It is almost two years now since the U.S. withdrew its last fighting men from Vietnam—long enough for many Americans to blot out the memory of that thankless battlefield, and the children who became its innocent victims. But Dick and Jodie Darragh have not forgotten—nor are they likely to. Through their dedication and sacrifice, and the travel privileges they enjoy as Eastern Airlines employees in Atlanta, the Darraghs have been the link by which dozens of Vietnamese orphans—some abandoned by GI fathers—have reached the arms of adoptive American parents. The young couple has made 10 trips to an orphanage at Anloc, near Saigon, bringing medicine and clothing, and trying to organize a clinic and school. They have personally escorted 62 children to the U.S., and many more (ranging in age from 5 months to 11 years) have been brought back by AEVOES (Airline Employees Volunteer Escort Service), a group the Darraghs helped create.

Five years ago, at the Atlanta airport, Jodie, now 29, met Dr. and Mrs. Patrick Tisdale, an Army physician and his wife, who were bringing two adopted Vietnamese daughters home to Columbus, Ga. Recalls Jodie: "Lein, then 3, just walked over and kissed me. And that's how it began." Several months later, Jodie made her first 72-hour trip to Anloc to deliver medical supplies. Whenever vacation time or days off allowed, she repeated her marathon journey. "When I married Jodie in 1971," says Dick, 35, "I had no idea what made her so interested in those children. Then we kept Lein for the Tisdales while they made a trip to Vietnam, and I saw what a beautiful little thing she was." Afterward the Darraghs made their first trip to Anloc together and returned with six children—Dick fastening bassinets to the plane's bulkhead, while Jodie mixed formula on a hot plate. Now raising funds for Anloc consumes nearly all the Darraghs' free time. "This has made us a team," says Jodie. Adds Dick: "I just wish we could do a hundred times more than we do."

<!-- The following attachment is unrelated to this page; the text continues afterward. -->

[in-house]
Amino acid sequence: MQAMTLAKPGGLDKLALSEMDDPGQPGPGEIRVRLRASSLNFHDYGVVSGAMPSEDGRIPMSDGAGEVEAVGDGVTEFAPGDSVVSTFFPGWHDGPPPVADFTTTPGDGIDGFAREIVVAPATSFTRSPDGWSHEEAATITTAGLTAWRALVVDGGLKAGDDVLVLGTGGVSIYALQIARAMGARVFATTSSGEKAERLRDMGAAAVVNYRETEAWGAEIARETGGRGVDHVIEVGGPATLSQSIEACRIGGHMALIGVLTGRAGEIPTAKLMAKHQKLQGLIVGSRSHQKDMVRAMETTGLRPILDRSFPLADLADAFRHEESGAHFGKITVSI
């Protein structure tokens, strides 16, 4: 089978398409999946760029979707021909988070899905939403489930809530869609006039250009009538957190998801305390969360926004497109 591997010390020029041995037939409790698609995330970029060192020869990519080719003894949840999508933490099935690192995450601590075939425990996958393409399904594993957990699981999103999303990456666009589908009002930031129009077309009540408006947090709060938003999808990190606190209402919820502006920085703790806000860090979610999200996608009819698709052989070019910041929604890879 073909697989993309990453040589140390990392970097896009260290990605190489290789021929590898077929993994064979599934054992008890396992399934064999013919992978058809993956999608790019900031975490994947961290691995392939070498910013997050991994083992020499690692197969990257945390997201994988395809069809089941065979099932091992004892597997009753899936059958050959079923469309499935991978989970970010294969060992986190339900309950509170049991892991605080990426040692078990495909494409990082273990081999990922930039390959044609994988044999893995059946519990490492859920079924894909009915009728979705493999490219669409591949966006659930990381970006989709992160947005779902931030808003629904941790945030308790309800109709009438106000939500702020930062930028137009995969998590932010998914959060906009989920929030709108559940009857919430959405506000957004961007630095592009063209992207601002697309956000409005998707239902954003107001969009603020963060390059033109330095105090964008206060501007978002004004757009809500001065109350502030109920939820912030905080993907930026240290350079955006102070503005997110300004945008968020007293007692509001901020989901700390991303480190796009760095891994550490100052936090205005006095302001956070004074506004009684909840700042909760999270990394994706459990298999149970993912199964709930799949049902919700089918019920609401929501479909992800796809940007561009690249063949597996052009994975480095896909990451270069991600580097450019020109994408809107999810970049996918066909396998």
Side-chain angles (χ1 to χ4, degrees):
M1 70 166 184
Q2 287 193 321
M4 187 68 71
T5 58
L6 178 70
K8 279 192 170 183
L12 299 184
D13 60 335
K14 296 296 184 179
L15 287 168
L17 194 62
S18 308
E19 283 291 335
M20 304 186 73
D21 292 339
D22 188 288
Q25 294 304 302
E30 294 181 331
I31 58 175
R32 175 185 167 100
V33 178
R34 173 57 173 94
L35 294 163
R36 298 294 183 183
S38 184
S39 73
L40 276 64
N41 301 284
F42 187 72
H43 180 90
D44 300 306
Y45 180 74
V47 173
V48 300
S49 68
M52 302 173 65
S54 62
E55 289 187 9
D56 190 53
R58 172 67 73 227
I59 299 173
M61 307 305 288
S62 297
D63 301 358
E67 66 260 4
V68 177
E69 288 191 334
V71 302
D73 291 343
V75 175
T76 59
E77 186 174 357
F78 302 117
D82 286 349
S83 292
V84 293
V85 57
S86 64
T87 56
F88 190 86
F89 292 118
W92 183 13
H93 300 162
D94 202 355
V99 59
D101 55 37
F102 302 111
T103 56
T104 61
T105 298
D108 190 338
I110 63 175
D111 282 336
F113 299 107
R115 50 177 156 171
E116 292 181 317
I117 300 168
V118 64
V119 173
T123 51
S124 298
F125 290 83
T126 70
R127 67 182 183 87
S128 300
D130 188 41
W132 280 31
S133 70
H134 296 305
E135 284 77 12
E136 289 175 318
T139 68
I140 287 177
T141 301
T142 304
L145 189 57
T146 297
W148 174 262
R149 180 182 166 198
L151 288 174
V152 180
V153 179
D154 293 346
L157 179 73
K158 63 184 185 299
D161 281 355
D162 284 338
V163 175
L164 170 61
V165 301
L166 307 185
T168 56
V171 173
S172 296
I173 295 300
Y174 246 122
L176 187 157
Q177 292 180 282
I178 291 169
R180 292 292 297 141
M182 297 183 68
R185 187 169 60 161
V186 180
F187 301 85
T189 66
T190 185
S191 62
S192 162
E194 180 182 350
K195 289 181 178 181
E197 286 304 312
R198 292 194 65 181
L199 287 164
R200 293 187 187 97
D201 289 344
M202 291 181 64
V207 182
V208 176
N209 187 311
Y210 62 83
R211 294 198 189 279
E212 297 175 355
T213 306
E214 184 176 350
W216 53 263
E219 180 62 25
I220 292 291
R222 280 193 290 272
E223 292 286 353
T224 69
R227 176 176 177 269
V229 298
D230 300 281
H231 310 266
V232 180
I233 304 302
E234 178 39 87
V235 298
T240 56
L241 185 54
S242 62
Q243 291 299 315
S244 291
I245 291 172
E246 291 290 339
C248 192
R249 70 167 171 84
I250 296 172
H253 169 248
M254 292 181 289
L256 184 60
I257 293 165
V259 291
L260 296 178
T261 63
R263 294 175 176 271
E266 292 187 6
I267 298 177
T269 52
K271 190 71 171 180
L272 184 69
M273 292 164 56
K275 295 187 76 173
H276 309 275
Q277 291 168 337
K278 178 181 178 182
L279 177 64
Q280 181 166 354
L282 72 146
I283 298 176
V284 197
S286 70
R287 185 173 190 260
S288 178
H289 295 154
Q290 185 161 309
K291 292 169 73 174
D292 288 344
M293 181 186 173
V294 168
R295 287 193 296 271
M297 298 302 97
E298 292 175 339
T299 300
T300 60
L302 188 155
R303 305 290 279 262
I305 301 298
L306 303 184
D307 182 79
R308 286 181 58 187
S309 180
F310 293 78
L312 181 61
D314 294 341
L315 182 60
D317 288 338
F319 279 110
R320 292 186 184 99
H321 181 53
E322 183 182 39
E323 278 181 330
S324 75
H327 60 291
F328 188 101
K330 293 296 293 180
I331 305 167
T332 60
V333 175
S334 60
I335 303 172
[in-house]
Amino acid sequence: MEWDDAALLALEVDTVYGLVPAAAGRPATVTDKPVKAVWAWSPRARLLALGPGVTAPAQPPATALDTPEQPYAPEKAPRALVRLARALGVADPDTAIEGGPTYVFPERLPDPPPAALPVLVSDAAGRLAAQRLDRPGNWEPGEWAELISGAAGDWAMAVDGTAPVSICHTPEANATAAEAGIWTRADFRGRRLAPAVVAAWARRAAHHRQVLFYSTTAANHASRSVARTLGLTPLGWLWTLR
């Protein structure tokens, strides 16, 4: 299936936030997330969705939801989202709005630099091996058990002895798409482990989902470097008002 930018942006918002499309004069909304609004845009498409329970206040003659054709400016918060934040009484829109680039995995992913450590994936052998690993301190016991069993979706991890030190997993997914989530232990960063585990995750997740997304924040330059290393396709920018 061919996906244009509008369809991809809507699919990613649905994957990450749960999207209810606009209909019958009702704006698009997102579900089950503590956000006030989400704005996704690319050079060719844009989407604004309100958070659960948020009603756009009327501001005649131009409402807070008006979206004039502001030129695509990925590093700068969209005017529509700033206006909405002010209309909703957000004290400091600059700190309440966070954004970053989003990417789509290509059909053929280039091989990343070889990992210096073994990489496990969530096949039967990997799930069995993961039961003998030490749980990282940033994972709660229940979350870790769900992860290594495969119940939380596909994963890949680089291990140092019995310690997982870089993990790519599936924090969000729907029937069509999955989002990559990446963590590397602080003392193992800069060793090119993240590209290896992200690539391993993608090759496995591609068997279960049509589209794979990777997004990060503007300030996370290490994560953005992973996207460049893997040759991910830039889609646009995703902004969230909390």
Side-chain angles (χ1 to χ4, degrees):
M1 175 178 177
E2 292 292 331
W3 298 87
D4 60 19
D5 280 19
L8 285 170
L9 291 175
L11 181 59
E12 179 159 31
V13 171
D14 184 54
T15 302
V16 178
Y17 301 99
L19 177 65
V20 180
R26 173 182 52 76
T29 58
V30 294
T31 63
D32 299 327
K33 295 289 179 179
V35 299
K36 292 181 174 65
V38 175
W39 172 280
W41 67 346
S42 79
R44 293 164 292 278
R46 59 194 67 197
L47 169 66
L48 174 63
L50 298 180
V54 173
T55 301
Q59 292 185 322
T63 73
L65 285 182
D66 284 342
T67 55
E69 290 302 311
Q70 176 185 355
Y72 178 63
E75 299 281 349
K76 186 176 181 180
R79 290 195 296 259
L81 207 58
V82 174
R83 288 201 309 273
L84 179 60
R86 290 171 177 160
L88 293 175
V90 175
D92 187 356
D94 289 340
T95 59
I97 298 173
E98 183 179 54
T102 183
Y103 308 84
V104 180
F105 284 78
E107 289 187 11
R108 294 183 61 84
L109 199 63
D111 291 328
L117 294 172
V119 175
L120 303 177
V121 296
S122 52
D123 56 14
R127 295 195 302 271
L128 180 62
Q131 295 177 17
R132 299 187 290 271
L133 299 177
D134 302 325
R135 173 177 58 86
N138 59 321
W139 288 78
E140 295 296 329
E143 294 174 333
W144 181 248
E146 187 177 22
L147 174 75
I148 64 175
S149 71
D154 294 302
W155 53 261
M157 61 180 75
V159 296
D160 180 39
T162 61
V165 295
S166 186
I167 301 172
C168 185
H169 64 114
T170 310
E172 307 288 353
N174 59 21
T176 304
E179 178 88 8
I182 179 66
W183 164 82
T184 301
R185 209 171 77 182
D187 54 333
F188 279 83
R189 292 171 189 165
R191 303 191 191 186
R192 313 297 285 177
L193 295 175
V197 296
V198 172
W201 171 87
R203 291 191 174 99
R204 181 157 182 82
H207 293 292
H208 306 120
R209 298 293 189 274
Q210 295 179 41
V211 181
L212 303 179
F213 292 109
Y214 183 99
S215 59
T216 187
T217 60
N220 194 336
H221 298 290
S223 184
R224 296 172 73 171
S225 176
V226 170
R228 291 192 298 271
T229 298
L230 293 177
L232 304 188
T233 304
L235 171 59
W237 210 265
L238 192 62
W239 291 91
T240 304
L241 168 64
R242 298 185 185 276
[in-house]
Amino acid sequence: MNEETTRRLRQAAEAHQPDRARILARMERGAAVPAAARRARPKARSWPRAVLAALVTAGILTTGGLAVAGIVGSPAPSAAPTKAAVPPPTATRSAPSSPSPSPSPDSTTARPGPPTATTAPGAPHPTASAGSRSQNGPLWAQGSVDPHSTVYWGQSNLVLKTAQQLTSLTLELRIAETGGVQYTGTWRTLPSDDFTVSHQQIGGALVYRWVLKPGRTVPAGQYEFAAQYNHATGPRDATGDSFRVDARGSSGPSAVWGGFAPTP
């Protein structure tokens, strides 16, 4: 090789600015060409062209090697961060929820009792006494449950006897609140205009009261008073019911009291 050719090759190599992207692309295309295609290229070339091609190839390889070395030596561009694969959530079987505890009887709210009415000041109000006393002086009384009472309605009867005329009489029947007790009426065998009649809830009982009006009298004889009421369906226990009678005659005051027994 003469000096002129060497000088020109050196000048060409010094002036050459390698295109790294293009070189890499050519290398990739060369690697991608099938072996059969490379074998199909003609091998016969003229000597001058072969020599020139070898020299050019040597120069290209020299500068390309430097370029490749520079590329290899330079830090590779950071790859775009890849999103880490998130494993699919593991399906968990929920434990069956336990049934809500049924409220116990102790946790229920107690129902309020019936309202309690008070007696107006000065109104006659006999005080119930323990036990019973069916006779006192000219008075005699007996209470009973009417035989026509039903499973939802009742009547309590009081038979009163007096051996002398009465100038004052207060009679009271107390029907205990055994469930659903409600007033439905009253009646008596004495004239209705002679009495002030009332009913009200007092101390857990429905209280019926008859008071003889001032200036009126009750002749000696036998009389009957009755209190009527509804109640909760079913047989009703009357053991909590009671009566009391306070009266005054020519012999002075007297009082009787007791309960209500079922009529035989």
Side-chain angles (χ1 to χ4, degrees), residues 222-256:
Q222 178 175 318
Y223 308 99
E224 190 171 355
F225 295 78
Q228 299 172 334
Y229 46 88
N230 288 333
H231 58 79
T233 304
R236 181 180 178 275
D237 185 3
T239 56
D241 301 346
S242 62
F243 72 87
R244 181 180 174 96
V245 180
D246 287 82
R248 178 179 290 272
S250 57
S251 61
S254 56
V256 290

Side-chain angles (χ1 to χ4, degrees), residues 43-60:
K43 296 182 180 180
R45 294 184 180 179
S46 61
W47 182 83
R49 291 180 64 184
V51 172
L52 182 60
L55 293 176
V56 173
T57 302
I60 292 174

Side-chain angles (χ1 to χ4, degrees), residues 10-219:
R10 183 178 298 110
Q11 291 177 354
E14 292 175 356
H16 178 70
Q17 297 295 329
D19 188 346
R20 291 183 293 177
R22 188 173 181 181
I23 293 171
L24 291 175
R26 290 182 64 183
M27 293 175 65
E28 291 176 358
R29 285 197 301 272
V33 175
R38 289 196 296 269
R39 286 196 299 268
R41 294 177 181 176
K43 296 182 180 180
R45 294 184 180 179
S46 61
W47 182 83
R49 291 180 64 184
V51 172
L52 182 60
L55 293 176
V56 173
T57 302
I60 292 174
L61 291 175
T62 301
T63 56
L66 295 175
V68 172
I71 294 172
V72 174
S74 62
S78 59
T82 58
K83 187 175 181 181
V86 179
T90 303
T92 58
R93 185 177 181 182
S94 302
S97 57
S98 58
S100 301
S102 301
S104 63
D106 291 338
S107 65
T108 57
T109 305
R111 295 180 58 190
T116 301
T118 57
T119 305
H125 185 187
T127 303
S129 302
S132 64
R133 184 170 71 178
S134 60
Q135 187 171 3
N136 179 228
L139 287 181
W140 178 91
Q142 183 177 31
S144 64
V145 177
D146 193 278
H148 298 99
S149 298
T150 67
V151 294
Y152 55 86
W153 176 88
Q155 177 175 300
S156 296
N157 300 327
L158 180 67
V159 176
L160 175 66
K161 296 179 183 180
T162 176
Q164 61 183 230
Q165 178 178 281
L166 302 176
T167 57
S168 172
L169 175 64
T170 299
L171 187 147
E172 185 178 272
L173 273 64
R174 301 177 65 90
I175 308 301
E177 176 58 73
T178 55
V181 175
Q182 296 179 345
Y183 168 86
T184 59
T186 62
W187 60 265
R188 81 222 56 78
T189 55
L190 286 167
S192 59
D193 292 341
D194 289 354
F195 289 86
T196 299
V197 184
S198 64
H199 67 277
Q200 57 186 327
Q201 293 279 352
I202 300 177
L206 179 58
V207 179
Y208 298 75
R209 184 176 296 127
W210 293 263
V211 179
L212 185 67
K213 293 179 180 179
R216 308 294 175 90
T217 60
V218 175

Childless themselves—Jodie is unable to bear children—they hope to adopt a 2-year-old girl from the orphanage with whom they have fallen in love. The child's mother has disappeared, but her father, a Vietnamese soldier, refuses to sign for adoption although she is living in the orphanage. "The father loves his little girl," says Jodie, "and we know she's loved at Anloc. Still, I wish we could buy her little dresses." The Darraghs' own case points up the strictness of Vietnamese adoption procedures. Although some regulations have been relaxed recently, the Saigon government still considers a child unadoptable unless both parents are proved dead or a living relative will sign a release. These rules are often nearly impossible to follow in the war-ravaged country.

Meanwhile, the Darraghs are in constant touch with the children they've helped, sometimes making 20 phone calls a night from their home in Marietta, Ga. Several mothers have gratefully named their new daughters after Jodie, and often call to tell her of a first tooth or a first step. Only one tragedy has marred the Darraghs' efforts: the child adopted by close friends, Jim and Elsie Wallace, died in a play-swing accident. The Wallaces are now anxiously awaiting another orphan from Anloc. To Dick, the Darraghs' last trip, two months ago, was their most rewarding. "We took rubella and mumps vaccine for 700 children. It's good to know they will never be maimed by those diseases." Jodie is already romantically matching up their children's futures. "Wouldn't it be funny," she muses, "if Le Guang Trung [now Jon Christopher Harkins] grows up to marry Thi Thank Nya [now Elizabeth Le-Thi Fox]?"